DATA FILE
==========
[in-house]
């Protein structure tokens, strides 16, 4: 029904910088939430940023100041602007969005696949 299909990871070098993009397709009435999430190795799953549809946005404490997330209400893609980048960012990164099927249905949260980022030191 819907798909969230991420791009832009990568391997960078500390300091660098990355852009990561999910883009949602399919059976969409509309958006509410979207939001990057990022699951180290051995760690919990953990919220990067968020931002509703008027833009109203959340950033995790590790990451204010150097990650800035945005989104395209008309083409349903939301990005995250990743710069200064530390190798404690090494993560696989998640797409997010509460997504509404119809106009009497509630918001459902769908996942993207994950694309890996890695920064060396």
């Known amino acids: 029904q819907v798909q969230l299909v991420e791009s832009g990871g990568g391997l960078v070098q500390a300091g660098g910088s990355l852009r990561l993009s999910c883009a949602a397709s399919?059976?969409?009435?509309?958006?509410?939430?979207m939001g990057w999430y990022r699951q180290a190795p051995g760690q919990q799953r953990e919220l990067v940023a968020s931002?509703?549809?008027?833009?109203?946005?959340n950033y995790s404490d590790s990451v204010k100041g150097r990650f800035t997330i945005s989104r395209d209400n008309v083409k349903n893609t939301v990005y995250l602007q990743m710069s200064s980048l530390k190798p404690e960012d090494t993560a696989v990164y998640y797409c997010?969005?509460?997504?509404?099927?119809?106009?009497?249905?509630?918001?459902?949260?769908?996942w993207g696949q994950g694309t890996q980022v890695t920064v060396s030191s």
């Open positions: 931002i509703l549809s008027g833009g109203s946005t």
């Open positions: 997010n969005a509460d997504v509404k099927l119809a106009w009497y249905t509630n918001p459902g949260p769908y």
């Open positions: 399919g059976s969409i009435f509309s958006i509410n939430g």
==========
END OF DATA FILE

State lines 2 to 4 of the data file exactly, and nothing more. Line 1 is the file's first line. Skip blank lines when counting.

């Protein structure tokens, strides 16, 4: 029904910088939430940023100041602007969005696949 299909990871070098993009397709009435999430190795799953549809946005404490997330209400893609980048960012990164099927249905949260980022030191 819907798909969230991420791009832009990568391997960078500390300091660098990355852009990561999910883009949602399919059976969409509309958006509410979207939001990057990022699951180290051995760690919990953990919220990067968020931002509703008027833009109203959340950033995790590790990451204010150097990650800035945005989104395209008309083409349903939301990005995250990743710069200064530390190798404690090494993560696989998640797409997010509460997504509404119809106009009497509630918001459902769908996942993207994950694309890996890695920064060396």
């Known amino acids: 029904q819907v798909q969230l299909v991420e791009s832009g990871g990568g391997l960078v070098q500390a300091g660098g910088s990355l852009r990561l993009s999910c883009a949602a397709s399919?059976?969409?009435?509309?958006?509410?939430?979207m939001g990057w999430y990022r699951q180290a190795p051995g760690q919990q799953r953990e919220l990067v940023a968020s931002?509703?549809?008027?833009?109203?946005?959340n950033y995790s404490d590790s990451v204010k100041g150097r990650f800035t997330i945005s989104r395209d209400n008309v083409k349903n893609t939301v990005y995250l602007q990743m710069s200064s980048l530390k190798p404690e960012d090494t993560a696989v990164y998640y797409c997010?969005?509460?997504?509404?099927?119809?106009?009497?249905?509630?918001?459902?949260?769908?996942w993207g696949q994950g694309t890996q980022v890695t920064v060396s030191s």
């Open positions: 931002i509703l549809s008027g833009g109203s946005t």